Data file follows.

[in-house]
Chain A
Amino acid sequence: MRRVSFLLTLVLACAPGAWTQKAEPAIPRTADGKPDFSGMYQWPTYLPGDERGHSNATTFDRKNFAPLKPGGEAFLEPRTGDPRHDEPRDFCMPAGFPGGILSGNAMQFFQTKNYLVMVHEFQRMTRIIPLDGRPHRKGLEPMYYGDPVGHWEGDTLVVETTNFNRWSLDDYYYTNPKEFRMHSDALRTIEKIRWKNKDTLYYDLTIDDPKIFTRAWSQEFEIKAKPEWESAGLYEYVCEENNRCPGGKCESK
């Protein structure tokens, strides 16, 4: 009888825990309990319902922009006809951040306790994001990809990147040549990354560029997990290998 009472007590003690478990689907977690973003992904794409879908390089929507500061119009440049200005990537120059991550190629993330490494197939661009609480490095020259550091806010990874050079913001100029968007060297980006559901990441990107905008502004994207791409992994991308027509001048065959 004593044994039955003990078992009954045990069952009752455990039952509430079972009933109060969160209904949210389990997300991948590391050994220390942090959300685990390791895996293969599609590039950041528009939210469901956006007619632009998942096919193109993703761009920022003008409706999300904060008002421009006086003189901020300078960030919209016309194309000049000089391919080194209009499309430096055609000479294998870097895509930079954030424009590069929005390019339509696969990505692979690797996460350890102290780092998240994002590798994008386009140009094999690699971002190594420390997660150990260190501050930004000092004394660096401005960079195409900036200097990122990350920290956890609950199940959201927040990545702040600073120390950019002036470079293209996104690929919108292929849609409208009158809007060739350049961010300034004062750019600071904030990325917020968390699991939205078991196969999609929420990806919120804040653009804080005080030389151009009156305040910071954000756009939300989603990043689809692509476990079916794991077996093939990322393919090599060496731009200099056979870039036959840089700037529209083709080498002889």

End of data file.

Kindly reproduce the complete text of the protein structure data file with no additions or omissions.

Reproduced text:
[in-house]
Chain A
Amino acid sequence: MRRVSFLLTLVLACAPGAWTQKAEPAIPRTADGKPDFSGMYQWPTYLPGDERGHSNATTFDRKNFAPLKPGGEAFLEPRTGDPRHDEPRDFCMPAGFPGGILSGNAMQFFQTKNYLVMVHEFQRMTRIIPLDGRPHRKGLEPMYYGDPVGHWEGDTLVVETTNFNRWSLDDYYYTNPKEFRMHSDALRTIEKIRWKNKDTLYYDLTIDDPKIFTRAWSQEFEIKAKPEWESAGLYEYVCEENNRCPGGKCESK
């Protein structure tokens, strides 16, 4: 009888825990309990319902922009006809951040306790994001990809990147040549990354560029997990290998 009472007590003690478990689907977690973003992904794409879908390089929507500061119009440049200005990537120059991550190629993330490494197939661009609480490095020259550091806010990874050079913001100029968007060297980006559901990441990107905008502004994207791409992994991308027509001048065959 004593044994039955003990078992009954045990069952009752455990039952509430079972009933109060969160209904949210389990997300991948590391050994220390942090959300685990390791895996293969599609590039950041528009939210469901956006007619632009998942096919193109993703761009920022003008409706999300904060008002421009006086003189901020300078960030919209016309194309000049000089391919080194209009499309430096055609000479294998870097895509930079954030424009590069929005390019339509696969990505692979690797996460350890102290780092998240994002590798994008386009140009094999690699971002190594420390997660150990260190501050930004000092004394660096401005960079195409900036200097990122990350920290956890609950199940959201927040990545702040600073120390950019002036470079293209996104690929919108292929849609409208009158809007060739350049961010300034004062750019600071904030990325917020968390699991939205078991196969999609929420990806919120804040653009804080005080030389151009009156305040910071954000756009939300989603990043689809692509476990079916794991077996093939990322393919090599060496731009200099056979870039036959840089700037529209083709080498002889």